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A fancy way to say “to look” in Hebrew

לְהַבִּיט If you’ve got some basic Hebrew, you probably know the word for to look – להסתכל. For example: אל תסתכלו עליו. Don’t look at him. (spoken to more than one person) A higher-register word for to look is להביט – in English, this might be to gaze. For example: כשאת מביטה בי ככה יש […]

By Ami Steinberger | March 15, 2018 | Your Daily Dose of Hebrew | 0 Comments
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How to say “attack of conscience” in Hebrew

יִסּוּרֵי מַצְפּוּן The Hebrew word for conscience is מצפון, of the root צ.פ.נ meaning north: someone who has lost their conscience has also lost their “north.” And if you’ve got some background in Jewish philosophy, you almost certainly know the word for tribulations – ייסורים. Putting these two words together, we get ייסורי מצפון – […]

By Ami Steinberger | March 14, 2018 | Your Daily Dose of Hebrew | 0 Comments
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How to say “feelings of remorse” in Hebrew

מוּסַר כְּלָיוֹת You may know the Hebrew word that means literally regret or remorse: חרטה. Likewise, to regret is להתחרט, as in: אני מתחרטת שקניתי את המכשיר הזה. I (a female) regret that I bought this device. A more striking expression for feelings of remorse is מוסר כליות – literally, castigation of (the) kidneys. For […]

By Ami Steinberger | March 13, 2018 | Your Daily Dose of Hebrew | 0 Comments
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How to say “kidney” in Hebrew

כִּלְיָה You may know the word for kidney from the Jewish High Holiday prayers: בוחן כליות ולב – (the One who) sees the inner workings (literally, kidneys) and the heart. כליות are kidneys, while a single kidney is a כליה. In another context: היא צריכה לעבור ניתוח השתלת כליות. She needs to undergo a kidney-transplant […]

By Ami Steinberger | March 12, 2018 | Your Daily Dose of Hebrew | 0 Comments
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How to say “heart transplant” in Hebrew

הַשְׁתָּלַת לֵב While the heart transplant is a modern activity, the idea of planting certainly appears in Biblical Hebrew under the root ש.ת.ל, as in the simple פעל verb לשתול – to plant. For example: הילדה שתלה שתיל. The girl planted a sapling. What about a transplant? That’s the causative הפעיל verb להשתיל, for example: […]

By Ami Steinberger | March 11, 2018 | Your Daily Dose of Hebrew | 0 Comments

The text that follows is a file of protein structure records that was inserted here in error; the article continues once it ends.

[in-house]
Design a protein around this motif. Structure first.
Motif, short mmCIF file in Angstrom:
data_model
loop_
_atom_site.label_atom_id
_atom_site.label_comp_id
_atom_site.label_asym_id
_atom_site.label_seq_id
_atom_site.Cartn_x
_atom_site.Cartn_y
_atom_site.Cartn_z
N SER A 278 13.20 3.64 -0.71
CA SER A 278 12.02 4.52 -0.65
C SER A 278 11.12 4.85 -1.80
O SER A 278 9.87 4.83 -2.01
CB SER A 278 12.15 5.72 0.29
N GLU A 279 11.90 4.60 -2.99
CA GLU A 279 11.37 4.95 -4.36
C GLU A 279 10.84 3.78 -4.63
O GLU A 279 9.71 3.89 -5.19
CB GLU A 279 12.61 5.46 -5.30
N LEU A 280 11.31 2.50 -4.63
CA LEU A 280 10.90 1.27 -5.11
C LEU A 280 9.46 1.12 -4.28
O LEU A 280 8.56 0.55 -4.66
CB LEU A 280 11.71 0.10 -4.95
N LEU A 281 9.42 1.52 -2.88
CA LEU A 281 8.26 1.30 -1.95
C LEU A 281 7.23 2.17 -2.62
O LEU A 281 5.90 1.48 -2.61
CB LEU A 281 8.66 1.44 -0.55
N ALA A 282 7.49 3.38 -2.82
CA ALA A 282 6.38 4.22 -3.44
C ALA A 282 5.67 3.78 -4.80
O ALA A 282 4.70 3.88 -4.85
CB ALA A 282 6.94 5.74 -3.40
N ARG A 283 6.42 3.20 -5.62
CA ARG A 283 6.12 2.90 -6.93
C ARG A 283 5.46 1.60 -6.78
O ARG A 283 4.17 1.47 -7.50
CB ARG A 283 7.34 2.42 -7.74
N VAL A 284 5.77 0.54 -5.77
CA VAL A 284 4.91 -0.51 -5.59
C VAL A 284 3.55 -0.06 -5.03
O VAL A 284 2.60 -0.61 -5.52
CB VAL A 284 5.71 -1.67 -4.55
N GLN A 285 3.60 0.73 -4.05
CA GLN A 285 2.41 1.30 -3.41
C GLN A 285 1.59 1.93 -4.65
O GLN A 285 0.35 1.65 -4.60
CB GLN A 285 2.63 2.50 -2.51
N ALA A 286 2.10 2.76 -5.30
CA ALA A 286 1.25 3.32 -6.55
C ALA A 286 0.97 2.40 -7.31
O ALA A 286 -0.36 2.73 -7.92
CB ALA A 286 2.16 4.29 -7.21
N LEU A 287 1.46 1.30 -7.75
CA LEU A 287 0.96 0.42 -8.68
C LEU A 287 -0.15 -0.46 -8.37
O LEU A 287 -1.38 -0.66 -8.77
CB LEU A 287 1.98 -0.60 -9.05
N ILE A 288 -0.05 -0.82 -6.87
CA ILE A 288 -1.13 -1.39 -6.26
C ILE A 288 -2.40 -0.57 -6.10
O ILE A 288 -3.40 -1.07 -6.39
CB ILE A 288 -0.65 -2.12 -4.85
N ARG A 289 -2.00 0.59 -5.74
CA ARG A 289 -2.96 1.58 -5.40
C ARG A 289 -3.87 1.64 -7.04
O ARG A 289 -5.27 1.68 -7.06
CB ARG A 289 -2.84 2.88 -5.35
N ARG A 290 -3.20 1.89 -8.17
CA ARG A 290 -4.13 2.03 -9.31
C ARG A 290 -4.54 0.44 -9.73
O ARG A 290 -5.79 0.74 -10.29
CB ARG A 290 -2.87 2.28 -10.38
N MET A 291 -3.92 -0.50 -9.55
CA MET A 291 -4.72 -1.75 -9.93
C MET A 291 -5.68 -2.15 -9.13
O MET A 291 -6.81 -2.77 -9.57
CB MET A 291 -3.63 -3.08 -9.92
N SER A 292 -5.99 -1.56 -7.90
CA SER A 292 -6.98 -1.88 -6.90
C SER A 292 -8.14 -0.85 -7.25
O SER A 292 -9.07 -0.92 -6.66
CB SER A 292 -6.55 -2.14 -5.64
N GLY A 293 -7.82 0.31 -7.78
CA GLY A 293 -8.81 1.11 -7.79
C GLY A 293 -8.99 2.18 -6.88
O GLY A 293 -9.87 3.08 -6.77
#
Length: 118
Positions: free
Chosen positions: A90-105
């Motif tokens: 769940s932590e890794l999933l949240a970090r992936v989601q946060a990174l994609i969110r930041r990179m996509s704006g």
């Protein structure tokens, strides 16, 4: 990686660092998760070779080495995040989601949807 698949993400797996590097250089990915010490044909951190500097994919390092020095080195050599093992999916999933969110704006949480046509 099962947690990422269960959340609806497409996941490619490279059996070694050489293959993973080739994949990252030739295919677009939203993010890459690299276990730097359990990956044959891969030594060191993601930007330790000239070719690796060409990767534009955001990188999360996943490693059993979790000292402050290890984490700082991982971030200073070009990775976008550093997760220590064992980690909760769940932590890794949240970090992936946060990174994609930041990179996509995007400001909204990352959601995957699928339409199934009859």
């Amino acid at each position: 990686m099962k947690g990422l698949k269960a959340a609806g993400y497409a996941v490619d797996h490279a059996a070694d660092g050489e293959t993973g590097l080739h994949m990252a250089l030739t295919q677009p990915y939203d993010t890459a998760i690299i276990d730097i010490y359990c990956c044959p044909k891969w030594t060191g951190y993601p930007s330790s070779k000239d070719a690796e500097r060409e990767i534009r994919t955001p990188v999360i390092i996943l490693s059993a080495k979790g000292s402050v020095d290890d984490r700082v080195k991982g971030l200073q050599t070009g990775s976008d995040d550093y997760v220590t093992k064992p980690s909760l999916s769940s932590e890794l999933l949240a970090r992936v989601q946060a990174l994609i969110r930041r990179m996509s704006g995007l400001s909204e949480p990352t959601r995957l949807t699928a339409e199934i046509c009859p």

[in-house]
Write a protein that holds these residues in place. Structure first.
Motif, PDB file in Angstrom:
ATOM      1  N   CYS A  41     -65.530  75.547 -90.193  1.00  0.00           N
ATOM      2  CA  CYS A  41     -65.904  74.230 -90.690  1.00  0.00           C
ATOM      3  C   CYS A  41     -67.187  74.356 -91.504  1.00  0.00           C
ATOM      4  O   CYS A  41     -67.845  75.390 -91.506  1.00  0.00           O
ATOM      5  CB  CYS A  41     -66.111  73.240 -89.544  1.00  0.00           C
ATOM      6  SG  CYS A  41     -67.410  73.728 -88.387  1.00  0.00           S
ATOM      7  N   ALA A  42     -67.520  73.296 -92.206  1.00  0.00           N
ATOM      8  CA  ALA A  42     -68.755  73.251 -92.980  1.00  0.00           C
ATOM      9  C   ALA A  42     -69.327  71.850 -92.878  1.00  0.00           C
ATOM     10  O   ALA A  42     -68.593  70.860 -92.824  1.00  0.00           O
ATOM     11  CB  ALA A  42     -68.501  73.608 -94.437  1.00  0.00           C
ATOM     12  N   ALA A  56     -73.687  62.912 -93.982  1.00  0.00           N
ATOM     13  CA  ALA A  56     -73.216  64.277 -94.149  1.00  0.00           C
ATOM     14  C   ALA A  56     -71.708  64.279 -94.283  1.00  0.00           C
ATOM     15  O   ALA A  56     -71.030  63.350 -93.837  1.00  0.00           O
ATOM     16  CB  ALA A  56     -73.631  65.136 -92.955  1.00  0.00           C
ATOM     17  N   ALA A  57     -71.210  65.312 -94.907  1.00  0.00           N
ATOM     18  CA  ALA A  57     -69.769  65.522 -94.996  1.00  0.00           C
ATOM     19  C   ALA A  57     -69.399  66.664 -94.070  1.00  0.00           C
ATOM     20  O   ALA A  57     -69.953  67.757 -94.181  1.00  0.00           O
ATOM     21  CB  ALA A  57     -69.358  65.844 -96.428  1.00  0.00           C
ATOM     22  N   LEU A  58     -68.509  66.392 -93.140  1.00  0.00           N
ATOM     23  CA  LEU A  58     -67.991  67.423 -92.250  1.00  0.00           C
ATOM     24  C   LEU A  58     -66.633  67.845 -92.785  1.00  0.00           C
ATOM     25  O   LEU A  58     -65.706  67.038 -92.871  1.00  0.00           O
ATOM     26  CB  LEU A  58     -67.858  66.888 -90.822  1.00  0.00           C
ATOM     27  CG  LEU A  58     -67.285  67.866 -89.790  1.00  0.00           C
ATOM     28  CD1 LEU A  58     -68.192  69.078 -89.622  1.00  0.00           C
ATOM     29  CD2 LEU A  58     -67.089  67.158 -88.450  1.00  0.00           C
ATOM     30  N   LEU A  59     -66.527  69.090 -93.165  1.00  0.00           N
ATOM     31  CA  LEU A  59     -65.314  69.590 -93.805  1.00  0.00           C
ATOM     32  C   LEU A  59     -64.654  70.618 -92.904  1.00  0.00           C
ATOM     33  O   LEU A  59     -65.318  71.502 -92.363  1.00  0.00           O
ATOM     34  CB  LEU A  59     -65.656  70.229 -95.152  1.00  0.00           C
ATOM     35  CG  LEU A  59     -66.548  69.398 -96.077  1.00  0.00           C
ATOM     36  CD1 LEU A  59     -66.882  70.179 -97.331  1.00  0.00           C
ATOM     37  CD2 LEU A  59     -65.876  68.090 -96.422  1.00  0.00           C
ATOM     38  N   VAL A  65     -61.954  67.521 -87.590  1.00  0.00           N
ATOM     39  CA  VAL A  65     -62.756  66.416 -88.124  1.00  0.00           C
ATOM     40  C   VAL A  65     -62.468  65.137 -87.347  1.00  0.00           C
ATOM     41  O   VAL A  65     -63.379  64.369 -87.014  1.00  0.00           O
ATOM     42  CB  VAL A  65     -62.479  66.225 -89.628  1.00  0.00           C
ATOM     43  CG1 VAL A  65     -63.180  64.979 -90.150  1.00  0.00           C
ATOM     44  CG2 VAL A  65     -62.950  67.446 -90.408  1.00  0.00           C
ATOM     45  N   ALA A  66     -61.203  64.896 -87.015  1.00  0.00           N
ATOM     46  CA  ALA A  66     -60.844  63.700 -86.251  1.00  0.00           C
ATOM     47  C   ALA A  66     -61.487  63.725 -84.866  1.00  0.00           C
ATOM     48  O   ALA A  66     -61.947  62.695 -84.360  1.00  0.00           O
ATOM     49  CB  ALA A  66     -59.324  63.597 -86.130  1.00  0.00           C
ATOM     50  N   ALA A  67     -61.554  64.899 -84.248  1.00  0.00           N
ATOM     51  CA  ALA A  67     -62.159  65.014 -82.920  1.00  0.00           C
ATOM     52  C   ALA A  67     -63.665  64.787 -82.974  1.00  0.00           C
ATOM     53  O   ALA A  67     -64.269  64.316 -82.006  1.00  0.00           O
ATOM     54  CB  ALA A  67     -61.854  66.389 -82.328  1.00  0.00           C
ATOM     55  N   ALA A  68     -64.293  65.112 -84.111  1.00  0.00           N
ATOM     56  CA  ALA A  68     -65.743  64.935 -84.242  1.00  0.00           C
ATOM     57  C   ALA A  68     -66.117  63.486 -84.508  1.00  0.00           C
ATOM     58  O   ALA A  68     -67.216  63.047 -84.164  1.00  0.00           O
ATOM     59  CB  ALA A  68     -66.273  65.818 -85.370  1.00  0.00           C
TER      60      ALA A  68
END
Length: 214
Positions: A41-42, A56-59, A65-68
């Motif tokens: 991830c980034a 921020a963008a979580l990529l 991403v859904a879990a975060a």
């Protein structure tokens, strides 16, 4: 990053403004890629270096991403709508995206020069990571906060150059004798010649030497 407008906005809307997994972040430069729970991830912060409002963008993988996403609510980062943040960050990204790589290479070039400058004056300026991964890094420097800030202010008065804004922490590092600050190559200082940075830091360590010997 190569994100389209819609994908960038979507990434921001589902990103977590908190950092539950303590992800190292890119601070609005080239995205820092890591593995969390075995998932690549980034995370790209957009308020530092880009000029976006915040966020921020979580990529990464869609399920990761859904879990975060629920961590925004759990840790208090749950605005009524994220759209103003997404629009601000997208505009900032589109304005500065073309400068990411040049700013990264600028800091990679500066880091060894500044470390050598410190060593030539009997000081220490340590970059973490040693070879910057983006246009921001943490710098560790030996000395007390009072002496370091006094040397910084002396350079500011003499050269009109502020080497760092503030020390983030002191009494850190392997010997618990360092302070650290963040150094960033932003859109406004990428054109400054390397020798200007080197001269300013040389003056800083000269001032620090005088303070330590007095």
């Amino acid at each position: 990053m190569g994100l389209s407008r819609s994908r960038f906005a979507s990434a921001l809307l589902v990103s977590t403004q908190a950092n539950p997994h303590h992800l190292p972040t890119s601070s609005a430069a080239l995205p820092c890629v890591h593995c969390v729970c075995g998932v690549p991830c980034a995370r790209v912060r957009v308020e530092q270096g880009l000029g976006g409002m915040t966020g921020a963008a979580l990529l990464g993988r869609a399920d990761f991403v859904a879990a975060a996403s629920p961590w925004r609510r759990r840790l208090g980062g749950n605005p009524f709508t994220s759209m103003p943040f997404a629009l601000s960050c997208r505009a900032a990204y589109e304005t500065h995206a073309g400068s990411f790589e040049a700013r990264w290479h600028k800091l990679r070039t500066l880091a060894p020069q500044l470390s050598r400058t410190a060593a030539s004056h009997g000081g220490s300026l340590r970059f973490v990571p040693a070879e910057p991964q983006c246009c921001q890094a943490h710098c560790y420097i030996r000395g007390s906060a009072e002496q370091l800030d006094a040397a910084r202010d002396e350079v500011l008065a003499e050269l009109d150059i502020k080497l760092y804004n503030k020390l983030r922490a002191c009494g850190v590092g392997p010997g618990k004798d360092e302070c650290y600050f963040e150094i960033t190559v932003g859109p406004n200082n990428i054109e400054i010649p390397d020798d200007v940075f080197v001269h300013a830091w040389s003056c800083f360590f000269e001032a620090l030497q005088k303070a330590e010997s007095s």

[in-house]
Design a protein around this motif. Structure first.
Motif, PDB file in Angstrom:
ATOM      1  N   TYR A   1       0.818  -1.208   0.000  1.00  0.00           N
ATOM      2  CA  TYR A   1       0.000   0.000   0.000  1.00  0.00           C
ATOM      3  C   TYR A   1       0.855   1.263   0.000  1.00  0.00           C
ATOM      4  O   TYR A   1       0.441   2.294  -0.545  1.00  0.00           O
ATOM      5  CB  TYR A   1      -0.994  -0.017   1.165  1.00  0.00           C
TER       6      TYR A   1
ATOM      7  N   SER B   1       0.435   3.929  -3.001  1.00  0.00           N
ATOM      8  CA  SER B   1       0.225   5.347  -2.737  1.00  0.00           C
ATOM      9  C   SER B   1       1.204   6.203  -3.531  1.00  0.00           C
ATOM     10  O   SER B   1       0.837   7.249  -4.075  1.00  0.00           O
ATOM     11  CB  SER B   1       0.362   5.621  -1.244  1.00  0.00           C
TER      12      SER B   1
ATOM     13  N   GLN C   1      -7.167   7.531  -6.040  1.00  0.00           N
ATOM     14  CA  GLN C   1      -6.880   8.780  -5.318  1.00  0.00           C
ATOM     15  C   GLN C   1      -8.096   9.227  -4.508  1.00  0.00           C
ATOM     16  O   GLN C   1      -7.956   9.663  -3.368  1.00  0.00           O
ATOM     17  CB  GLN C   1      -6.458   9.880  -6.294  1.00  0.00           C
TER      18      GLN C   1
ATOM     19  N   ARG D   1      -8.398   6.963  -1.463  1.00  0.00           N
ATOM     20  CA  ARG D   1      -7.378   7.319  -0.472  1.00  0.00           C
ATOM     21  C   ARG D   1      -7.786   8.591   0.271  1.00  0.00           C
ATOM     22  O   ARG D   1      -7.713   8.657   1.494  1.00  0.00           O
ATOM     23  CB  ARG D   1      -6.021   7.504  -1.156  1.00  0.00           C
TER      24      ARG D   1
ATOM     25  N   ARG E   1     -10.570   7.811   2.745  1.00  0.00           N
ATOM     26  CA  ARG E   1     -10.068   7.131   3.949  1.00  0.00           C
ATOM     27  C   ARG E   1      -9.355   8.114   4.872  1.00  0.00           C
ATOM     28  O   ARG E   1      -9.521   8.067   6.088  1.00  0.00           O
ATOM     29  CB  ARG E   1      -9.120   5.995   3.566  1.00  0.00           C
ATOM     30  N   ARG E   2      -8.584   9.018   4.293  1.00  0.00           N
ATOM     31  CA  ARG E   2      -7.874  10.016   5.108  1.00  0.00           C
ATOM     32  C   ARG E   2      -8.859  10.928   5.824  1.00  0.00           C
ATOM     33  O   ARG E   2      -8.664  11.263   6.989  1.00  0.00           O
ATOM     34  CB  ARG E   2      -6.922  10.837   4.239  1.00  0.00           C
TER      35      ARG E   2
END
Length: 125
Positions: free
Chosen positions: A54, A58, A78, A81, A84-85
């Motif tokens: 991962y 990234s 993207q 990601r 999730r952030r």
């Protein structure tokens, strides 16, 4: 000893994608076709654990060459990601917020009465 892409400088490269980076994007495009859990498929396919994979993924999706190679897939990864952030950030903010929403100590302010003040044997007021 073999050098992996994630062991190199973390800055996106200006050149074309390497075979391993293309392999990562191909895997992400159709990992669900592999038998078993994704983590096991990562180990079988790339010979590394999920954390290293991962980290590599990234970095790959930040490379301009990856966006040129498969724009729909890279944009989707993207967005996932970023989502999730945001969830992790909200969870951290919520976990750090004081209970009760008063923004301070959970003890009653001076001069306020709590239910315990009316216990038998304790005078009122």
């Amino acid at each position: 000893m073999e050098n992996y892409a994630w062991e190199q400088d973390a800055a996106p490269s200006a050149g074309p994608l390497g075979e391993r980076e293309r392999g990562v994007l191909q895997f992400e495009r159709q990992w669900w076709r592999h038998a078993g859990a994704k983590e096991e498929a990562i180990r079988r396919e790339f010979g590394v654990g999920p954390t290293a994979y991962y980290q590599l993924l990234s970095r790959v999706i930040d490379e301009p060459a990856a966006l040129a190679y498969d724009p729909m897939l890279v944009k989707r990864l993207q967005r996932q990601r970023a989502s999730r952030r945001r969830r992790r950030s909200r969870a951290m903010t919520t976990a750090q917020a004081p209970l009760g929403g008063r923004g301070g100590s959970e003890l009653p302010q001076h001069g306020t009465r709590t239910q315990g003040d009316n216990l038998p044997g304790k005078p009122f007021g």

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Weekly Hebrew Review – quiet, artificial islands… awakening

חֹמֶר לְשִׁנּוּן Review Material Can’t read Hebrew yet? You spent time on your Hebrew this week. Use these review materials to make it yours to keep.  Flashcards . Scatter . Gravity . Test שבת שלום, וסוף שבוע נעים! Shabbat Shalom, and have a nice weekend!

By Ami Steinberger | March 9, 2018 | Your Daily Dose of Hebrew | 0 Comments
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How to say “to arouse” in Hebrew

לְעוֹרֵר The Hebrew verb for to arouse is לעורר. For example: בינה מלאכותית מעוררת רגשות מעורבים. Artificial intelligence arouses mixed feelings. לעורר is related to other verbs such as להעיר – to wake (someone) up and להתעורר – to wake up. In noun form, להתעורר becomes התעוררות – arousal or awakening.

By Ami Steinberger | March 8, 2018 | Your Daily Dose of Hebrew | 0 Comments
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How to say “artificial intelligence” in Hebrew

בִּינָה מְלָאכוּתִית We’ve seen the word for artificial – מלאכותי. What about artificial intelligence? That’s בינה מלאכותית. For example: בינה מלאכותית היא תחום מרתק ביותר. Artificial intelligence is a most fascinating field. Perhaps they chose בינה as intelligence in this case instead of the more common חכמה, since חכמה tends to be used as smartness […]

By Ami Steinberger | March 7, 2018 | Your Daily Dose of Hebrew | 0 Comments
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How to say “artificial” in Hebrew

מְלָאכוּתִי The Hebrew word for artificial – מלאכותי – comes from the word for craft – מלאכה. The root of these words is ל.א.כ, whose meaning has something to do with transmitting. ל.א.כ is also the root of מלאך – angel, in Biblical-Hebrew terms also a messenger. מלאכותי comes מלאכה – craft, because something artificial […]

By Ami Steinberger | March 6, 2018 | Your Daily Dose of Hebrew | 0 Comments
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How to say “island” in Hebrew

אִי Oftentimes words in English use many more letters to spell than their Hebrew counterparts. One example is the word for island – אי. Here’s the word in context, in the plural: מדינת הוואי היא בעצם קבוצת איים באוקיינוס השקט. The State of Hawaii is actually a group of islands in the Pacific Ocean. Note […]

By Ami Steinberger | March 5, 2018 | Your Daily Dose of Hebrew | 0 Comments
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How to say “quiet” in Hebrew

שֶׁקֶט, שָׁקֵט If you went to Jewish school in the States, you may know the patient exhortation of Hebrew teachers, in sing-song form: שקט, בבקשה – quiet, please! Or from the less patient teachers (or the more demanding students), simply: !שקט – quiet! In any case, שקט means quiet when referring to the thing “quiet”, […]

By Ami Steinberger | March 4, 2018 | Your Daily Dose of Hebrew | 0 Comments
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